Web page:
Handle with care: bobby calf transport requirements

Picture: supplied

Agriculture Victoria is keen to remind producers of their responsibilities when transporting bobby calves.

Agriculture Victoria conducts regular audits of bobby calves at saleyards, calf scales and abattoirs.

Agriculture Victoria Livestock Welfare Compliance Program Manager Veronica Campbell said Agriculture Victoria Authorised Officers still find unfit calves being supplied for transport and sale and calf trailers that are over-crowded or don’t meet the prescribed requirements.

The requirements for transporting bobby calves are detailed within the Australian Animal Welfare Standards and Guidelines – Land Transport of Livestock. These standards are mandatory in Victoria under the Livestock Management Act 2010.

Ms Campbell said everyone along the supply chain is responsible for bobby calves, including sellers, buyers, transporters, scale operators, livestock agents and saleyard and abattoir staff.

“Bobby calves that are fit for their intended journey must be healthy and alert. They should weigh at least 23 kilograms, be strong, able to bear weight on all four limbs and able to rise from a lying position. Their hooves should be firm, and their navels dry, wrinkled, withered and shrivelled.

“If a calf isn’t fit to load, appropriate arrangements must be made for its care or treatment. If in doubt, leave it out.

“Bobby calves must be assembled and transported to ensure delivery in less than 18 hours from last feed with no more than 12 hours spent on transport, unless moving between rearing facilities where the journey must be less than six hours.”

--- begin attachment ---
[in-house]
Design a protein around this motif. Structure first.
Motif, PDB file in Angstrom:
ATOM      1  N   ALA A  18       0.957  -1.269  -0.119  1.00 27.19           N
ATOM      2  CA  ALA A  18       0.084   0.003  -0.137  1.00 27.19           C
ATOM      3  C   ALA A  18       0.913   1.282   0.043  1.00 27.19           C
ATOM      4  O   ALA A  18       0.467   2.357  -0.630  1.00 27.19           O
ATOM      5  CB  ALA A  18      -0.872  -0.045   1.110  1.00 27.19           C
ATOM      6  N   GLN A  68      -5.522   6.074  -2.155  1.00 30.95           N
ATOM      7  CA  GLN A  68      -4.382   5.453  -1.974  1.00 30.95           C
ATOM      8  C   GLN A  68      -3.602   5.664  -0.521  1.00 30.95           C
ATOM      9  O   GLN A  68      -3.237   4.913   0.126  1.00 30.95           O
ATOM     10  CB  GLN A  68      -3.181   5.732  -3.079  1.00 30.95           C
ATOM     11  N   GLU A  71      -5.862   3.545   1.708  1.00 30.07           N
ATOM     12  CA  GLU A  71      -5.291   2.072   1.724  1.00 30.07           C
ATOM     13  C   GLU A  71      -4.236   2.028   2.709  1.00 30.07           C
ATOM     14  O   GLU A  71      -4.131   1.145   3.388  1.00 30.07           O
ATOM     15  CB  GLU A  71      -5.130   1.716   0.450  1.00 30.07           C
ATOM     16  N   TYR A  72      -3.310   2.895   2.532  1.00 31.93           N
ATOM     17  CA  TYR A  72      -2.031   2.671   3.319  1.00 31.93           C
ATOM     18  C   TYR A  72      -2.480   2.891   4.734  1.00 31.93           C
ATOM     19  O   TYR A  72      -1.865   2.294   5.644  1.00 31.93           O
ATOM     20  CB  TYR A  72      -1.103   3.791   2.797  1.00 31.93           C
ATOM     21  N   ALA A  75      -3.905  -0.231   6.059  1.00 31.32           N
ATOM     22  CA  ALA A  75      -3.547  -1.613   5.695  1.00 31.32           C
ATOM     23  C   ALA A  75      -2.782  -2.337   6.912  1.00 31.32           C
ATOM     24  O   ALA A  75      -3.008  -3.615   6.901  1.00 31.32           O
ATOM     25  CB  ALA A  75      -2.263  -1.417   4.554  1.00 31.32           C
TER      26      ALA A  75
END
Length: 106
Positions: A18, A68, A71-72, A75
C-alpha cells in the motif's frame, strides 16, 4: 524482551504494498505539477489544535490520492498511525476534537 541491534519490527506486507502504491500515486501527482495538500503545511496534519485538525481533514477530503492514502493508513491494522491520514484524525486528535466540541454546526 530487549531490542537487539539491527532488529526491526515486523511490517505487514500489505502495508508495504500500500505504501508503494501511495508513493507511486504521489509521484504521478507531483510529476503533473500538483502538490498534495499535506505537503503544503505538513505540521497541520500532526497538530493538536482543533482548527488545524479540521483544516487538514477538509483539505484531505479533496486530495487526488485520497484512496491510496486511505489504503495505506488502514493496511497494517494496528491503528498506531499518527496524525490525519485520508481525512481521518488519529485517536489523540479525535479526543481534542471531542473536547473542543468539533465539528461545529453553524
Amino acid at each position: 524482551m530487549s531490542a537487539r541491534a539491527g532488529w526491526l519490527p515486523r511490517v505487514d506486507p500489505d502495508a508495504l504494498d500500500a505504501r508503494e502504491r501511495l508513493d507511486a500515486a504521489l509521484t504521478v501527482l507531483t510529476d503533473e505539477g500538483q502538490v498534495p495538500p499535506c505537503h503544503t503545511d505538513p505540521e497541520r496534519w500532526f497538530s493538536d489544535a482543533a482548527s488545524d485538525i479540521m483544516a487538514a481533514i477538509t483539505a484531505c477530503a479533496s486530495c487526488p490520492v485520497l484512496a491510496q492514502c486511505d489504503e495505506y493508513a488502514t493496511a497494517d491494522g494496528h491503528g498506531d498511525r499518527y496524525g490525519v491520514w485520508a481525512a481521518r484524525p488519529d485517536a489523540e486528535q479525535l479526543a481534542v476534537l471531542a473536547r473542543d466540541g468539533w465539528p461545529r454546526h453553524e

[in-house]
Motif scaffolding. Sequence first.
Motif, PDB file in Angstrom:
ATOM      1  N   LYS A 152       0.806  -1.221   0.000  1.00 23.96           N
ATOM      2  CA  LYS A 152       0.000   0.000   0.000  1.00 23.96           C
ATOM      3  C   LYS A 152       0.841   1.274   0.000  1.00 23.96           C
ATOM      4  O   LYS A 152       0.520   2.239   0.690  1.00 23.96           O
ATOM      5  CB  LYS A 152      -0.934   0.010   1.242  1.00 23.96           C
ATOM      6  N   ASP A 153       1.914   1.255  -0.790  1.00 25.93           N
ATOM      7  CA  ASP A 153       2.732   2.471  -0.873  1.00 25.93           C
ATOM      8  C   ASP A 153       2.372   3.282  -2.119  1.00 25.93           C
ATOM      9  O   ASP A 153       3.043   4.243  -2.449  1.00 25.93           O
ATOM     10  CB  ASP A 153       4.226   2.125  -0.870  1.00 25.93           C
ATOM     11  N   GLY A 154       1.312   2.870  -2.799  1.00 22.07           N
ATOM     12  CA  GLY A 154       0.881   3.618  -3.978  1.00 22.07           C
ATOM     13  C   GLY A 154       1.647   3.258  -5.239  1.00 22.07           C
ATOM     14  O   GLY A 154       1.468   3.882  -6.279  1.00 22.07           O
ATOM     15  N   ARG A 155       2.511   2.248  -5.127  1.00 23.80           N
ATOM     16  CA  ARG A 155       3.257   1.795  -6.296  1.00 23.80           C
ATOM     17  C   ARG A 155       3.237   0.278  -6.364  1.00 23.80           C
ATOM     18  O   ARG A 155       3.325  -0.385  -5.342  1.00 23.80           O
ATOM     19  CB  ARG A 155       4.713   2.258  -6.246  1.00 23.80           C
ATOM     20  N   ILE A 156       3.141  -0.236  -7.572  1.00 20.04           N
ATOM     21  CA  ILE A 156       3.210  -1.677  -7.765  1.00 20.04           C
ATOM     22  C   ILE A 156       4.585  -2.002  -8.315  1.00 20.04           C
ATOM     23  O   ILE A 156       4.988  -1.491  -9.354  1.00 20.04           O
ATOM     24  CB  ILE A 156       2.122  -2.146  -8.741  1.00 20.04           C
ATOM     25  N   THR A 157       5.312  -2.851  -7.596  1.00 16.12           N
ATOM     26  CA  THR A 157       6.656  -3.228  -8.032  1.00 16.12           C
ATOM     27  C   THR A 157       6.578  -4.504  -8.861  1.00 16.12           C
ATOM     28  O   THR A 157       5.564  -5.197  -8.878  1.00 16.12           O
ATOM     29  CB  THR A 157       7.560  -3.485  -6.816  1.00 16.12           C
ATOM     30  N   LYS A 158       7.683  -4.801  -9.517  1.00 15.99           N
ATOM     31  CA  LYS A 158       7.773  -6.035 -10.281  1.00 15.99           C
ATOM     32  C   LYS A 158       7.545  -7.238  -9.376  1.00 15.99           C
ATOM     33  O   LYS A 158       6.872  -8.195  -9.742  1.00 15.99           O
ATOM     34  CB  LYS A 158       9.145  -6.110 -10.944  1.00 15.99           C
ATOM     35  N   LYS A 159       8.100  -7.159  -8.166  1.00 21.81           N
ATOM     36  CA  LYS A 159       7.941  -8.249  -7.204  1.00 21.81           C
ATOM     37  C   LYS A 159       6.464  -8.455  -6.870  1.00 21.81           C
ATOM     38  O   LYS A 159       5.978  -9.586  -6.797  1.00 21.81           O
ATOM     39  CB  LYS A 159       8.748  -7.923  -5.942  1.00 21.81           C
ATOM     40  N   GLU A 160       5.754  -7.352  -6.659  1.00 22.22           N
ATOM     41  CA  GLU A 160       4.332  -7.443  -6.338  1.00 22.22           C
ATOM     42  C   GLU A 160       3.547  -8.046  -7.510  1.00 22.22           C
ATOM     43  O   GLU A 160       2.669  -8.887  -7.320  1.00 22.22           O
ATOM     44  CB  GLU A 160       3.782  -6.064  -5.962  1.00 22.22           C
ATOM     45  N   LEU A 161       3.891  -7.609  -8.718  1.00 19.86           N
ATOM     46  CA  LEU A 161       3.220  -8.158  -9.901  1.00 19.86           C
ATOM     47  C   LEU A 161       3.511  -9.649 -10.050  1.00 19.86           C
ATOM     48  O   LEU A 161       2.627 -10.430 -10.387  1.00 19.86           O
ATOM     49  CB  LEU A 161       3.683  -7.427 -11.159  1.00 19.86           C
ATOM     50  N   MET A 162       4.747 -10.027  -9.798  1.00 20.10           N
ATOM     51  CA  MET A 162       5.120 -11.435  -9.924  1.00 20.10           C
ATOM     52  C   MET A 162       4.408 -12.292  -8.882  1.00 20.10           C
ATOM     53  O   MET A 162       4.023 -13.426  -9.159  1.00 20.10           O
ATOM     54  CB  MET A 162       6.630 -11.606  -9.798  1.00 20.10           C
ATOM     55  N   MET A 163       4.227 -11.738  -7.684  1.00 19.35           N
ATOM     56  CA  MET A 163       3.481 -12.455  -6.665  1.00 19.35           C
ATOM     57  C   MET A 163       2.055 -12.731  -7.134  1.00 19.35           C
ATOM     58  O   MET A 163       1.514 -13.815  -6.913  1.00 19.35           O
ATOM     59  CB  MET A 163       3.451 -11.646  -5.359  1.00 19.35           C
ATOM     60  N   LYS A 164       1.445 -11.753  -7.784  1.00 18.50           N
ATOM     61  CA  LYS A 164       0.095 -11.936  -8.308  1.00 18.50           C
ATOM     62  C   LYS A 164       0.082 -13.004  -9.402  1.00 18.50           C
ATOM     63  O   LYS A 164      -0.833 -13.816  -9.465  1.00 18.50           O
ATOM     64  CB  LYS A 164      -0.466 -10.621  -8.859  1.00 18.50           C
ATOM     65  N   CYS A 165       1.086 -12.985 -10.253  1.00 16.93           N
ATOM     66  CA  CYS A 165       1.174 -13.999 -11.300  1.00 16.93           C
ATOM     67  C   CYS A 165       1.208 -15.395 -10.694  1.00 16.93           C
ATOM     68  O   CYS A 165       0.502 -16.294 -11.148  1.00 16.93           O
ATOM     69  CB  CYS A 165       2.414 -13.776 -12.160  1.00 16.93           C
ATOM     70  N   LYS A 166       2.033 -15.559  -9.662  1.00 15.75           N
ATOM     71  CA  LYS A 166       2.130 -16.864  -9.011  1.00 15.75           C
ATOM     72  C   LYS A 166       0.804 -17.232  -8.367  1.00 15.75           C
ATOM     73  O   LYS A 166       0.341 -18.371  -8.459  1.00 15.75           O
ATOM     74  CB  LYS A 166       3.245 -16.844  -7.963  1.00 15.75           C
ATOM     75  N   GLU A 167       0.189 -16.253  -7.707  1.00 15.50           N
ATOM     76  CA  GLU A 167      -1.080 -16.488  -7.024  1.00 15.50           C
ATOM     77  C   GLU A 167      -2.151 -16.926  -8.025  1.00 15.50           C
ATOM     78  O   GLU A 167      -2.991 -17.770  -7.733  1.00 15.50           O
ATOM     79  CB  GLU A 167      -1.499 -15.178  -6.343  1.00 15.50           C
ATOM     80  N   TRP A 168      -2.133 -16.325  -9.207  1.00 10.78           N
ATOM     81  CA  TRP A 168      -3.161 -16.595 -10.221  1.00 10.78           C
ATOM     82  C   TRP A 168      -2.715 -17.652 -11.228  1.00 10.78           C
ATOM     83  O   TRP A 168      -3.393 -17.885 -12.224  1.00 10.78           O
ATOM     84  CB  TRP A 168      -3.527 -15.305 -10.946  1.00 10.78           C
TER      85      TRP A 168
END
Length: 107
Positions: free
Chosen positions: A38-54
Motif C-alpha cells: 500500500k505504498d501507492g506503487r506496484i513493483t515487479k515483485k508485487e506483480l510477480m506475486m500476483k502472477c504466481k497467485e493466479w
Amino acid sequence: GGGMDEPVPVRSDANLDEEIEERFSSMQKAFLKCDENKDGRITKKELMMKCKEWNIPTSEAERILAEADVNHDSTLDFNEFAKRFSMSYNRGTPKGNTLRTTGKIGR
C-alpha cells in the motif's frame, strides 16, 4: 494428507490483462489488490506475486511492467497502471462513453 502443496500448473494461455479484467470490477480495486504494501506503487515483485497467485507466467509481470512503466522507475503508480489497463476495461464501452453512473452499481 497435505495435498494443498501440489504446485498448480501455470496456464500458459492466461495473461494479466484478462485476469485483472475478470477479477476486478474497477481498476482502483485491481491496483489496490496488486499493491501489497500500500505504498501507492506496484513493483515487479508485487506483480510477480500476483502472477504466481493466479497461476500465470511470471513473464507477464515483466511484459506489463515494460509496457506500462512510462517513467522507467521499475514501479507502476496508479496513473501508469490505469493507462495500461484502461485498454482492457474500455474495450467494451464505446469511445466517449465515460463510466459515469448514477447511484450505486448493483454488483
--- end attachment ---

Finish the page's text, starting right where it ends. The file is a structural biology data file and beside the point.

Calves must be fed, within six hours of loading. Anyone in charge of bobby calves must have a record system that identifies when the calves were last fed prior to transport.

Ms Campbell said calves must be adequately protected from the weather during transport and be kept clean and dry. In practice this means the trailer or crate should have an enclosed front for protection and appropriate bedding or material on the floor of the trailer to reduce the risks of slipping.

“All bobby calves must have sufficient space in the livestock crate to be able to lie down on their sternums during transportation.

“It should also be remembered, it is an offence in Victoria to use an electric prodder on calves, regardless of whether or not the electric prodder is working. Anyone who uses or places an electric prodder on a bobby calf can be prosecuted.”

For further information regarding bobby calf welfare visit the Agriculture Victoria website, call 136 186 or consult with animal health and welfare staff at your local Agriculture Victoria office. Anyone wishing to make a specific complaint regarding livestock welfare can contact Agriculture Victoria at aw.complaint@agriculture.vic.gov.au or phone 136 186